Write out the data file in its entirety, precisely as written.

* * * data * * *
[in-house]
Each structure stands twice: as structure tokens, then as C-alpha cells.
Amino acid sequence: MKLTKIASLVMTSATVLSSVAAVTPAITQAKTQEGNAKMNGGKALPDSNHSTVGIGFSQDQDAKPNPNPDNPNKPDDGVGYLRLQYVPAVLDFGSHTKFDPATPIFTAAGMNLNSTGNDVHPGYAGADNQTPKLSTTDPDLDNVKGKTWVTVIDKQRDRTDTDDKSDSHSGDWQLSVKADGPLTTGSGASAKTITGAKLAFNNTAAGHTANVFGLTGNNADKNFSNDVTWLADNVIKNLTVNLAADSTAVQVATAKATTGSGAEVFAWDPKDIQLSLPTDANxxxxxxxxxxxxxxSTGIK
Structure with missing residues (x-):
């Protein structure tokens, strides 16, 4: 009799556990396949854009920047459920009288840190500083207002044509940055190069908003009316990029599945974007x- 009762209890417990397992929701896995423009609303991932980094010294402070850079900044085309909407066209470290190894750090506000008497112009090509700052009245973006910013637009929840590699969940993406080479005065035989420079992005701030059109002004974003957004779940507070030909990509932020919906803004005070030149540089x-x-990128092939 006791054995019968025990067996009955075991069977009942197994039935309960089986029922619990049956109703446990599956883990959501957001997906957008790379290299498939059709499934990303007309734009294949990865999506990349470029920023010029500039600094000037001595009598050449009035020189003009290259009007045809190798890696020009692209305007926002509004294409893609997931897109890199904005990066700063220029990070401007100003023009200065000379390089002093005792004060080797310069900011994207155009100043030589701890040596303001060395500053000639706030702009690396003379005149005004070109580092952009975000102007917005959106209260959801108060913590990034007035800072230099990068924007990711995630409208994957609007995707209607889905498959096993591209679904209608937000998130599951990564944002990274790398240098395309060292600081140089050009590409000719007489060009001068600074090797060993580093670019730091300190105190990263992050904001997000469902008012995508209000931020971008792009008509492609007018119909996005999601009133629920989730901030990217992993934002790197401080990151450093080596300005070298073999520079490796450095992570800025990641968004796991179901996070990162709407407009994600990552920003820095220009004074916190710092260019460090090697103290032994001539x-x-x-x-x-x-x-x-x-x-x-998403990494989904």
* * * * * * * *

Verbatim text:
[in-house]
Each structure stands twice: as structure tokens, then as C-alpha cells.
Amino acid sequence: MKLTKIASLVMTSATVLSSVAAVTPAITQAKTQEGNAKMNGGKALPDSNHSTVGIGFSQDQDAKPNPNPDNPNKPDDGVGYLRLQYVPAVLDFGSHTKFDPATPIFTAAGMNLNSTGNDVHPGYAGADNQTPKLSTTDPDLDNVKGKTWVTVIDKQRDRTDTDDKSDSHSGDWQLSVKADGPLTTGSGASAKTITGAKLAFNNTAAGHTANVFGLTGNNADKNFSNDVTWLADNVIKNLTVNLAADSTAVQVATAKATTGSGAEVFAWDPKDIQLSLPTDANxxxxxxxxxxxxxxSTGIK
Structure with missing residues (x-):
């Protein structure tokens, strides 16, 4: 009799556990396949854009920047459920009288840190500083207002044509940055190069908003009316990029599945974007x- 009762209890417990397992929701896995423009609303991932980094010294402070850079900044085309909407066209470290190894750090506000008497112009090509700052009245973006910013637009929840590699969940993406080479005065035989420079992005701030059109002004974003957004779940507070030909990509932020919906803004005070030149540089x-x-990128092939 006791054995019968025990067996009955075991069977009942197994039935309960089986029922619990049956109703446990599956883990959501957001997906957008790379290299498939059709499934990303007309734009294949990865999506990349470029920023010029500039600094000037001595009598050449009035020189003009290259009007045809190798890696020009692209305007926002509004294409893609997931897109890199904005990066700063220029990070401007100003023009200065000379390089002093005792004060080797310069900011994207155009100043030589701890040596303001060395500053000639706030702009690396003379005149005004070109580092952009975000102007917005959106209260959801108060913590990034007035800072230099990068924007990711995630409208994957609007995707209607889905498959096993591209679904209608937000998130599951990564944002990274790398240098395309060292600081140089050009590409000719007489060009001068600074090797060993580093670019730091300190105190990263992050904001997000469902008012995508209000931020971008792009008509492609007018119909996005999601009133629920989730901030990217992993934002790197401080990151450093080596300005070298073999520079490796450095992570800025990641968004796991179901996070990162709407407009994600990552920003820095220009004074916190710092260019460090090697103290032994001539x-x-x-x-x-x-x-x-x-x-x-998403990494989904």